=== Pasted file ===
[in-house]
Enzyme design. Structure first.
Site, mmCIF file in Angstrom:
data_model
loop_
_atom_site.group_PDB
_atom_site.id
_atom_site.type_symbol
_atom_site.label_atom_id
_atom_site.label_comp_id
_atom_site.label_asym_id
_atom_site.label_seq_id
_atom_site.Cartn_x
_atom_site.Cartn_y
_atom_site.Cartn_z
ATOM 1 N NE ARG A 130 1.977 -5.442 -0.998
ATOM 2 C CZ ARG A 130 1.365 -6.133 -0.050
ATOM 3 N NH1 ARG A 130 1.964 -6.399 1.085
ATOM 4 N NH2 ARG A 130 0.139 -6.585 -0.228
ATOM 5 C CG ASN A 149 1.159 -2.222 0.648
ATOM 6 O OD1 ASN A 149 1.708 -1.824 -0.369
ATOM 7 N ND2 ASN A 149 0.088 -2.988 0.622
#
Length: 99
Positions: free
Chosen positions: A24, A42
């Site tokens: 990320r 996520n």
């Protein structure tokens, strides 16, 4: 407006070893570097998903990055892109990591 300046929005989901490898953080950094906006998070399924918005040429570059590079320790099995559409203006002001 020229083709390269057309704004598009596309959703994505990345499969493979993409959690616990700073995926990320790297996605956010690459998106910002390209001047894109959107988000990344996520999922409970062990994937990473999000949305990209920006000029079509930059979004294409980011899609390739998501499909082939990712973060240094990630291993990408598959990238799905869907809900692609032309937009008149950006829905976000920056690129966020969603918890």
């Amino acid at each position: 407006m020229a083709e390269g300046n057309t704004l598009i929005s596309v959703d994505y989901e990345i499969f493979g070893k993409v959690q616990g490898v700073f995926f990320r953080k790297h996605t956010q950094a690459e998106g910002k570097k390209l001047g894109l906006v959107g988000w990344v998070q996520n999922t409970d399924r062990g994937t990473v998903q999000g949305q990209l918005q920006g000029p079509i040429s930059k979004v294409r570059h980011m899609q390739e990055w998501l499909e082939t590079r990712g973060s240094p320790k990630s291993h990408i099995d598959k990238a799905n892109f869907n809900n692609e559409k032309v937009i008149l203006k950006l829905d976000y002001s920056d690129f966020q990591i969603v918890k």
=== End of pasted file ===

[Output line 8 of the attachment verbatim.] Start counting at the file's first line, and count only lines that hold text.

_atom_site.type_symbol